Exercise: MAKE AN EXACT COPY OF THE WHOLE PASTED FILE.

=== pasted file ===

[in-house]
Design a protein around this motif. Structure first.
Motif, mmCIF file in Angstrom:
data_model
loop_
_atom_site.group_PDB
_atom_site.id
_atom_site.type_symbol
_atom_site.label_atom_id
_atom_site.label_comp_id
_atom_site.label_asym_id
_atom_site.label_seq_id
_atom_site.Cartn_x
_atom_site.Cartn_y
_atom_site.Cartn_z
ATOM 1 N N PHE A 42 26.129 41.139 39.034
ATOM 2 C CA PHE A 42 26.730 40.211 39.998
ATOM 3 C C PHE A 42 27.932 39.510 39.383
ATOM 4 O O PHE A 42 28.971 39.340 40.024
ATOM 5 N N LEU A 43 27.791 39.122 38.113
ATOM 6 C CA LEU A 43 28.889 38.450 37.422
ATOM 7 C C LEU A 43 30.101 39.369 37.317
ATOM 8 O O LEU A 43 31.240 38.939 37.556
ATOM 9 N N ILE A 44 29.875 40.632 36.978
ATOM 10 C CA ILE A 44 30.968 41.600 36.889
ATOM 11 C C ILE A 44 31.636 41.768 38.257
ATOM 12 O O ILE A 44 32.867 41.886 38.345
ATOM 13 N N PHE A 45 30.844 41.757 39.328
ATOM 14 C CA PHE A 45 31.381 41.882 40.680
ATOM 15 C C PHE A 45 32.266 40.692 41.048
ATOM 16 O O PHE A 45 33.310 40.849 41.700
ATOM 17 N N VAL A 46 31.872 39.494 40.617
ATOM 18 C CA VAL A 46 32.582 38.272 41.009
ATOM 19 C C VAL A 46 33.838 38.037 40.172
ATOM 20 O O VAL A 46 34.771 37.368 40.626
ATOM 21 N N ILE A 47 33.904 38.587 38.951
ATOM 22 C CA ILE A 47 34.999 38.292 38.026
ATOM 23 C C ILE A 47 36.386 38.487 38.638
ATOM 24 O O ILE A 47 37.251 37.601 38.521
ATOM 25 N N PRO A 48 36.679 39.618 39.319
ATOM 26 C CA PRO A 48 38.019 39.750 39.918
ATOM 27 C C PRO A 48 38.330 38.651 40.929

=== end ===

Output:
[in-house]
Design a protein around this motif. Structure first.
Motif, mmCIF file in Angstrom:
data_model
loop_
_atom_site.group_PDB
_atom_site.id
_atom_site.type_symbol
_atom_site.label_atom_id
_atom_site.label_comp_id
_atom_site.label_asym_id
_atom_site.label_seq_id
_atom_site.Cartn_x
_atom_site.Cartn_y
_atom_site.Cartn_z
ATOM 1 N N PHE A 42 26.129 41.139 39.034
ATOM 2 C CA PHE A 42 26.730 40.211 39.998
ATOM 3 C C PHE A 42 27.932 39.510 39.383
ATOM 4 O O PHE A 42 28.971 39.340 40.024
ATOM 5 N N LEU A 43 27.791 39.122 38.113
ATOM 6 C CA LEU A 43 28.889 38.450 37.422
ATOM 7 C C LEU A 43 30.101 39.369 37.317
ATOM 8 O O LEU A 43 31.240 38.939 37.556
ATOM 9 N N ILE A 44 29.875 40.632 36.978
ATOM 10 C CA ILE A 44 30.968 41.600 36.889
ATOM 11 C C ILE A 44 31.636 41.768 38.257
ATOM 12 O O ILE A 44 32.867 41.886 38.345
ATOM 13 N N PHE A 45 30.844 41.757 39.328
ATOM 14 C CA PHE A 45 31.381 41.882 40.680
ATOM 15 C C PHE A 45 32.266 40.692 41.048
ATOM 16 O O PHE A 45 33.310 40.849 41.700
ATOM 17 N N VAL A 46 31.872 39.494 40.617
ATOM 18 C CA VAL A 46 32.582 38.272 41.009
ATOM 19 C C VAL A 46 33.838 38.037 40.172
ATOM 20 O O VAL A 46 34.771 37.368 40.626
ATOM 21 N N ILE A 47 33.904 38.587 38.951
ATOM 22 C CA ILE A 47 34.999 38.292 38.026
ATOM 23 C C ILE A 47 36.386 38.487 38.638
ATOM 24 O O ILE A 47 37.251 37.601 38.521
ATOM 25 N N PRO A 48 36.679 39.618 39.319
ATOM 26 C CA PRO A 48 38.019 39.750 39.918
ATOM 27 C C PRO A 48 38.330 38.651 40.929